Why having fewer OSHA inspectors matters

A reduction in OSHA inspectors may lead to a reduction in workplace safety.

Published March 9, 2020 5:00AM (EDT)

 (Ezra Bailey / Getty Images)
(Ezra Bailey / Getty Images)

This article was originally published on The Conversation.

In many industries, such as construction, transportation, warehousing and health care, the workplace is dangerous. In 2018 alone, 5,250 workers died on the job.

In an effort to protect workers from death or injury, Congress created the Occupational Safety and Health Administration – better known as OSHA – in 1970, to "assur[e] so far as possible every working man and woman in the Nation safe and healthful working conditions."

OSHA inspections successfully improve workers' physical safety. A 2012 randomized study found that OSHA inspections reduced the number of injuries leading to workers' compensation claims by around 9% and lowered the medical expenses and wage replacement paid from those claims by 26%.

But the number of federal OSHA inspectors fell to a low of 875 in 2019, compared to a high of 1,469 in 1980.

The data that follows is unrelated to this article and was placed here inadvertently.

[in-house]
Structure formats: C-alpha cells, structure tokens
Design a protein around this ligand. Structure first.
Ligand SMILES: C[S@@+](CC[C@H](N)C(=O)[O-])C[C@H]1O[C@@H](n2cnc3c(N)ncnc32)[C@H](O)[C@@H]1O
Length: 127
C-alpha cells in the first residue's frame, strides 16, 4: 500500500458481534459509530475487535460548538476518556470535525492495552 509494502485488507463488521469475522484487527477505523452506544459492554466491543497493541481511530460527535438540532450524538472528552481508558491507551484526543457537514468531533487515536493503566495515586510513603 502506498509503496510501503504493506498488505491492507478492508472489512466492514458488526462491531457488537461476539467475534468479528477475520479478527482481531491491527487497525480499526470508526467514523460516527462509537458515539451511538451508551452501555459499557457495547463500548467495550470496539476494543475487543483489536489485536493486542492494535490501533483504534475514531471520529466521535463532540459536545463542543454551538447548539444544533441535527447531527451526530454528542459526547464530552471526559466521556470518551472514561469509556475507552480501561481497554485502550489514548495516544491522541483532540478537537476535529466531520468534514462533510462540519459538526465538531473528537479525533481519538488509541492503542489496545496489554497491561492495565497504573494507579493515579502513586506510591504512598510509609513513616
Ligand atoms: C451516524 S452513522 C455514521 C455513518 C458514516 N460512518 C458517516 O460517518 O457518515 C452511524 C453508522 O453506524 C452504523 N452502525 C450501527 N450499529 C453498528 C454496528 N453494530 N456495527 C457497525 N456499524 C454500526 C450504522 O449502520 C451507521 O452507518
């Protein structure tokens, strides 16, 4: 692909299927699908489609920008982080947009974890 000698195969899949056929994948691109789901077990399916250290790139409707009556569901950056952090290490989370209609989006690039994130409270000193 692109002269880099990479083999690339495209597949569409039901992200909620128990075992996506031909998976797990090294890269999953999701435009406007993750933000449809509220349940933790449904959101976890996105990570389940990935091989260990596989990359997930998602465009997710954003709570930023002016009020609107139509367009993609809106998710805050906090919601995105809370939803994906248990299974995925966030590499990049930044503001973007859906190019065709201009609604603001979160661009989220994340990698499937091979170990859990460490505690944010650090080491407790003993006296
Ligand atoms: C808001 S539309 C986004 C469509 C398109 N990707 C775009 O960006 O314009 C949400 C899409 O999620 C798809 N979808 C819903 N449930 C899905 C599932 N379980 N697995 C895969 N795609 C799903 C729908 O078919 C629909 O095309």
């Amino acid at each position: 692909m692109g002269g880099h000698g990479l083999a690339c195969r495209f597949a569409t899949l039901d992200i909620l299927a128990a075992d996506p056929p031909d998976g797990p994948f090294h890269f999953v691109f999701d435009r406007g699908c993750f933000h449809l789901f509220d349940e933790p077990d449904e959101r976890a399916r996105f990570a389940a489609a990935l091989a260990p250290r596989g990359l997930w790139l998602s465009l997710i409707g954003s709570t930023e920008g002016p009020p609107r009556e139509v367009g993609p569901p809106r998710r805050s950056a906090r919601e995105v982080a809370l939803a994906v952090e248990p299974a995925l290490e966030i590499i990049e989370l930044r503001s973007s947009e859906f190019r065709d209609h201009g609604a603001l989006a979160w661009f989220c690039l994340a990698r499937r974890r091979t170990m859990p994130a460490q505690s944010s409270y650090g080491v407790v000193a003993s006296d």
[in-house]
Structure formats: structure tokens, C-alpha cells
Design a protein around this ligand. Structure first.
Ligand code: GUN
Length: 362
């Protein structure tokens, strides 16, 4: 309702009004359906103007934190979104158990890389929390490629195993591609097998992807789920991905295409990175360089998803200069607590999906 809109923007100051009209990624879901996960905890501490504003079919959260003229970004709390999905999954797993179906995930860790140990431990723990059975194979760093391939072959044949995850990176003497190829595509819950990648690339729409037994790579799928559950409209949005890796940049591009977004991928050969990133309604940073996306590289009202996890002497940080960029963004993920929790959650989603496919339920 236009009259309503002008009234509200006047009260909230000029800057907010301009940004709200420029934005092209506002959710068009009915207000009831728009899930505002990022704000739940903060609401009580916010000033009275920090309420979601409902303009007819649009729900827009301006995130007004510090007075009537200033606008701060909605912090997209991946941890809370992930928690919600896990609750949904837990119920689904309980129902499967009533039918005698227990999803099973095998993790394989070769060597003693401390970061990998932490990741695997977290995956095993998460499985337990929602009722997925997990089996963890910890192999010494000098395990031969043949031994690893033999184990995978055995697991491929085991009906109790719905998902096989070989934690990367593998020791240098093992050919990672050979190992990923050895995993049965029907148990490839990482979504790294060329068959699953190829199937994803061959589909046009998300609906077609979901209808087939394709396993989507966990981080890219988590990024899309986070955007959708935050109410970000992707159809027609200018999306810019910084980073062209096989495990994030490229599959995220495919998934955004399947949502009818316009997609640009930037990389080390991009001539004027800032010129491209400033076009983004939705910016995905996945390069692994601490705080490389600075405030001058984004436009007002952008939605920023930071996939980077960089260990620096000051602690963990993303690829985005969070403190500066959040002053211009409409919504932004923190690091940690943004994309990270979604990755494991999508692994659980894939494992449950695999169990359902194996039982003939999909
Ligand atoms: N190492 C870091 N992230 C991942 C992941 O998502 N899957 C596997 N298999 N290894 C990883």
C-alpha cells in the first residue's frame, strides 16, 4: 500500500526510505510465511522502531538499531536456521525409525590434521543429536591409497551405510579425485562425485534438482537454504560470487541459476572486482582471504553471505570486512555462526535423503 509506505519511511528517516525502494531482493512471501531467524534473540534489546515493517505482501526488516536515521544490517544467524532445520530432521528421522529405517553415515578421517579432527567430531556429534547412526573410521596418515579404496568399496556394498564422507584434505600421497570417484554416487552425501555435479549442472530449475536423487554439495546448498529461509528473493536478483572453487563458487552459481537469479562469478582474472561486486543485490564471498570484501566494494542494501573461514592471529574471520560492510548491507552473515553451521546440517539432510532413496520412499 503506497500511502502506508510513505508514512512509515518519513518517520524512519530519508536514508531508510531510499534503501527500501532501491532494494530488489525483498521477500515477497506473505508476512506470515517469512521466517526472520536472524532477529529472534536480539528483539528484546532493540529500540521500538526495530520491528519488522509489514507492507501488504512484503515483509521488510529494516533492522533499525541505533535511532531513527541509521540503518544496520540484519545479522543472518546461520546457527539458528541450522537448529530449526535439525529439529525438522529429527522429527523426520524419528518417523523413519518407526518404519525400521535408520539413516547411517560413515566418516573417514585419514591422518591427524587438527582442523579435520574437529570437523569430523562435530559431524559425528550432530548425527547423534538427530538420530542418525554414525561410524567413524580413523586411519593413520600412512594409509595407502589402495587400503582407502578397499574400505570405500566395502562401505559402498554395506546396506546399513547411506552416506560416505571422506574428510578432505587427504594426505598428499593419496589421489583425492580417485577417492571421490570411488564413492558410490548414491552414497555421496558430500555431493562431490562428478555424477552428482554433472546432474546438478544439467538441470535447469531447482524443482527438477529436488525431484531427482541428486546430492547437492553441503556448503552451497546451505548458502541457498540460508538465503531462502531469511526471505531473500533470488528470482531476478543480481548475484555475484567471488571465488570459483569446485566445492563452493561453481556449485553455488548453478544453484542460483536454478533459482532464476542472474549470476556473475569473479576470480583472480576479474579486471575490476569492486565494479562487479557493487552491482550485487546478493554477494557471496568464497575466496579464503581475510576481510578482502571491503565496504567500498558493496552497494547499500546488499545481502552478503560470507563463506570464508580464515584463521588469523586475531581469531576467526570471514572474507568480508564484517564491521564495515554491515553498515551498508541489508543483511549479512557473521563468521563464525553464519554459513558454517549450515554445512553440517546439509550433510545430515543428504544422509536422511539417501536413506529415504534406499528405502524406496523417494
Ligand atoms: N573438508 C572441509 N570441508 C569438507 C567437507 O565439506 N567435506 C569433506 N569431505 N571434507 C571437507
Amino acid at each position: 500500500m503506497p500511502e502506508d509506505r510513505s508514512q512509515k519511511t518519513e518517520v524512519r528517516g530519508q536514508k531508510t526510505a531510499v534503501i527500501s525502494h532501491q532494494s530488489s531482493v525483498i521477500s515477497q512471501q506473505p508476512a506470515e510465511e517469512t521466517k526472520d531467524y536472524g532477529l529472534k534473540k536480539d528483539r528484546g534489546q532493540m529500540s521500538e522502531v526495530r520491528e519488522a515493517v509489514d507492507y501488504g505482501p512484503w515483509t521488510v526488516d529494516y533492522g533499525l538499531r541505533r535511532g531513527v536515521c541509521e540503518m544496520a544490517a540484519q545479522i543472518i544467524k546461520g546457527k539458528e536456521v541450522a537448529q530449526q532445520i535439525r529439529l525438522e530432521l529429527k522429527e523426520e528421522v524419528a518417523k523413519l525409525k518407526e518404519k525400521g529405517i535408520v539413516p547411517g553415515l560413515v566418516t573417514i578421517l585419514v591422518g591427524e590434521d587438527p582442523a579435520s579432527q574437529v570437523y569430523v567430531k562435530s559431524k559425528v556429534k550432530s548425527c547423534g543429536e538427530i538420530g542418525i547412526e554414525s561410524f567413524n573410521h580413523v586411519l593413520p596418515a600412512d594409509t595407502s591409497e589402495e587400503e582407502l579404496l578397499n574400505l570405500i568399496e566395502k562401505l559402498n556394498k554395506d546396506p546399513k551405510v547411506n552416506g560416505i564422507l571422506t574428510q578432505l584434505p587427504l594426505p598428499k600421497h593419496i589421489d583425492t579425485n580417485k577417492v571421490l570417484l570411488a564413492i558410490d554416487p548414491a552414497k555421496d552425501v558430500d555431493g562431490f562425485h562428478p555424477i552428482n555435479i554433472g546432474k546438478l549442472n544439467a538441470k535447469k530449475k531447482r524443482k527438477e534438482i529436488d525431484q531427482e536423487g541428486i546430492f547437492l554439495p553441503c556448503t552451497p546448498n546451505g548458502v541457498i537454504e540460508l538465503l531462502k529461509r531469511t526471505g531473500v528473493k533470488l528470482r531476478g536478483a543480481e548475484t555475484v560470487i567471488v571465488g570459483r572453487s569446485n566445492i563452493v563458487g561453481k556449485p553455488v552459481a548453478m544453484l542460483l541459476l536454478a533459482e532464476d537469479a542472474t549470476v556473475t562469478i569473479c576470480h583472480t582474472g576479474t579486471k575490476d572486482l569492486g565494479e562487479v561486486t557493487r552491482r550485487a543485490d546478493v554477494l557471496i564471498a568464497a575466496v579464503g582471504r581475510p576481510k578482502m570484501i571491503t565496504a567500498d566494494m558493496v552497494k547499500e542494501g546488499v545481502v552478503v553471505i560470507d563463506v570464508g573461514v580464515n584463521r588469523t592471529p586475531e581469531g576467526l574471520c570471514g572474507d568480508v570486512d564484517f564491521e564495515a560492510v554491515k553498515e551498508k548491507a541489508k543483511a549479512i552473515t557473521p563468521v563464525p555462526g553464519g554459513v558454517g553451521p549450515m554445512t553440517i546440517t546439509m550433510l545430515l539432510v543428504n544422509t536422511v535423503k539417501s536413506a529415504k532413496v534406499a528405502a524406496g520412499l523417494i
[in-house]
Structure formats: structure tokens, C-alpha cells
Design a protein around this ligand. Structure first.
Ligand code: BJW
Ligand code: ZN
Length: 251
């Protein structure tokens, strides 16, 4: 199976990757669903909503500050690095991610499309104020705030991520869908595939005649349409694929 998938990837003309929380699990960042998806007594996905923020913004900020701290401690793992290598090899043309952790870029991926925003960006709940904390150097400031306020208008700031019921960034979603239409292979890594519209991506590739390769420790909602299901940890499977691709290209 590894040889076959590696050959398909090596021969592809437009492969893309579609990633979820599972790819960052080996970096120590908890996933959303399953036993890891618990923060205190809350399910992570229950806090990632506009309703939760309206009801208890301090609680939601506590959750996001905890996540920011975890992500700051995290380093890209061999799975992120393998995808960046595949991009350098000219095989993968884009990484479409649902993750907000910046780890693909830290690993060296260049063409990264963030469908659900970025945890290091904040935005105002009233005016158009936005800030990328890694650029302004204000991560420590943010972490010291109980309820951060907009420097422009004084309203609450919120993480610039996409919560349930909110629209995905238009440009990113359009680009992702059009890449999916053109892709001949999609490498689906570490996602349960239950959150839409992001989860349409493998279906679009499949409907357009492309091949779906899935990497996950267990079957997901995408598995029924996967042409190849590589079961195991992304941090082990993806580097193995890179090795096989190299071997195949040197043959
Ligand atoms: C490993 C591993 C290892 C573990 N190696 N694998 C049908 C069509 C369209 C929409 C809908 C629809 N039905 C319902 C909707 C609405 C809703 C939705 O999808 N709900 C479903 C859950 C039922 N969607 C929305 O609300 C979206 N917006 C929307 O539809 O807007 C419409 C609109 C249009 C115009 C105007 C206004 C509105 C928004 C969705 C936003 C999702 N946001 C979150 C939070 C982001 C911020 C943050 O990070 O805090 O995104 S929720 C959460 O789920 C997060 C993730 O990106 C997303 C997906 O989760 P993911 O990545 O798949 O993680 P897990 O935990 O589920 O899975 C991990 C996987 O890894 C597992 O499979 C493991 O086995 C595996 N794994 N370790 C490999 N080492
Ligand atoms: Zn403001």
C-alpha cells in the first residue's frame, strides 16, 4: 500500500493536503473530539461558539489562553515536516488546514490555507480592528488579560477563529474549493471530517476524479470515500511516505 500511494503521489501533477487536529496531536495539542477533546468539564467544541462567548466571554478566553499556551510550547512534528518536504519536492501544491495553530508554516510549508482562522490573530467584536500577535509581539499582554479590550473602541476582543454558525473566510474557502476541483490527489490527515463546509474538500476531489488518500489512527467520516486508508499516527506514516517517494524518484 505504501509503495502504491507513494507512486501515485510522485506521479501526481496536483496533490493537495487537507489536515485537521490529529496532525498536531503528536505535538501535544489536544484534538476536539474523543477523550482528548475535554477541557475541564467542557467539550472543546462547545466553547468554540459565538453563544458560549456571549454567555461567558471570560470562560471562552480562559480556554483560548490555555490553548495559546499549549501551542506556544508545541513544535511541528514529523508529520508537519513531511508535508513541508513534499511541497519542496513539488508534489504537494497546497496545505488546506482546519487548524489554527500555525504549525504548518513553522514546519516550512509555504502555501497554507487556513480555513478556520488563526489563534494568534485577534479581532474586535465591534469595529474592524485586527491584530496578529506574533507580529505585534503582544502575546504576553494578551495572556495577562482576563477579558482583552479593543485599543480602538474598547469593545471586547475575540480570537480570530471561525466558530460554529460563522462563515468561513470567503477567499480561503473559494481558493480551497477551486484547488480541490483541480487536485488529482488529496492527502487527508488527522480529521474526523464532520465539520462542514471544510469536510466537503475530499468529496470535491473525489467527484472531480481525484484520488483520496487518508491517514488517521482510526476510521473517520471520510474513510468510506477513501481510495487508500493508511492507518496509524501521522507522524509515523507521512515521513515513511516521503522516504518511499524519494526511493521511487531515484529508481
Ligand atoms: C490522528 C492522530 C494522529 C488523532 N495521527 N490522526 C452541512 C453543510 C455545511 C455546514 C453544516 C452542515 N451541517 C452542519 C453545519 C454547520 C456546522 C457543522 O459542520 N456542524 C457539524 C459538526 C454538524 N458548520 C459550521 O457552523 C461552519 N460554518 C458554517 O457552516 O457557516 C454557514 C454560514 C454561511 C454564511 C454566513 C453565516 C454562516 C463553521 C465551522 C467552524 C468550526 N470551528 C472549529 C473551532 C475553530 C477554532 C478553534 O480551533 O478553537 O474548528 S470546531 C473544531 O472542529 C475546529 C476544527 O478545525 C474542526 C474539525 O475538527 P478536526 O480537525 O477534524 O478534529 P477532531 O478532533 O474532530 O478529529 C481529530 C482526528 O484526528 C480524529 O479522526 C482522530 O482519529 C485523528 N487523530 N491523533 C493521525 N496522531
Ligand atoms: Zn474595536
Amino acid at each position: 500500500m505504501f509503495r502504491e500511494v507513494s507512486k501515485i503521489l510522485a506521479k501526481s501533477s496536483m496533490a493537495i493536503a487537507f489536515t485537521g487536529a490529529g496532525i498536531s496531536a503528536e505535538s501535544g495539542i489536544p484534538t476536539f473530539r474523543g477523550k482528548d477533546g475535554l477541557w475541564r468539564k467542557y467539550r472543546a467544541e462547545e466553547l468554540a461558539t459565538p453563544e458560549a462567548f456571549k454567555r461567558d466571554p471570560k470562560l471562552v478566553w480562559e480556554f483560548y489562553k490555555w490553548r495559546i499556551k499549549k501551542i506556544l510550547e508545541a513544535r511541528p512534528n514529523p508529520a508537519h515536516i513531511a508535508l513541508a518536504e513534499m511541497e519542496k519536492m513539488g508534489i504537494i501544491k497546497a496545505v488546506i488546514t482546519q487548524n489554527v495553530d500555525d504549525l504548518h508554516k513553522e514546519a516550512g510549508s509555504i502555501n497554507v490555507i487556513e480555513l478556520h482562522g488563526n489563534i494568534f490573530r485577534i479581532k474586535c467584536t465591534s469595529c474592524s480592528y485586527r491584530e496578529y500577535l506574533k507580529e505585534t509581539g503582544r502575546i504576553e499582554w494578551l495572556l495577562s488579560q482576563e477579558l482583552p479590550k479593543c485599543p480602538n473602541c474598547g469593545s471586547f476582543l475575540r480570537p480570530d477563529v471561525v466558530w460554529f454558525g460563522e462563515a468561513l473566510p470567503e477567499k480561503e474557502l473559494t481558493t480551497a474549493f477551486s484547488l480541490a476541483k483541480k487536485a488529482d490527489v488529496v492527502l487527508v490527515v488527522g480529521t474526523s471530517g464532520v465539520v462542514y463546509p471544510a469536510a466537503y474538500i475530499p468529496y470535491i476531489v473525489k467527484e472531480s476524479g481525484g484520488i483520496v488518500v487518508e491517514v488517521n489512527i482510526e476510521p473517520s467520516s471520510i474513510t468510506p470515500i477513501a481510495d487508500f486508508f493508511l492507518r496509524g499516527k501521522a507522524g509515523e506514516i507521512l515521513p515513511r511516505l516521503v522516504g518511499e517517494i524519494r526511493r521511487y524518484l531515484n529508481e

The drop in inspectors coincided with an expansion of workplaces to protect, from 4.5 million in 1980 to more than 8.1 million today. That means that there were 3,063 workplaces for each OSHA inspector in 1980, compared to 9,286 today, more than a 200% increase.

Effective enforcement requires a workplace focus to increase compliance with safety and health standards and change practices that can lead to fatalities and serious injuries.

Overburdening inspectors reduces OSHA's ability to find and remediate workplace safety violations, like inadequate protections against slips and falls, a major cause of workplace injuries and fatalities.

It also reduces the incentives created by deterrence. When businesses know they're not likely to be inspected, they are less likely to devote resources to create safe workplaces.

Reducing the number of OSHA inspectors puts more workers in danger of physical harm on the job.

David Weil, Dean of the Heller School for Social Policy and Management, Brandeis University

This article is republished from The Conversation under a Creative Commons license.

By David Weil

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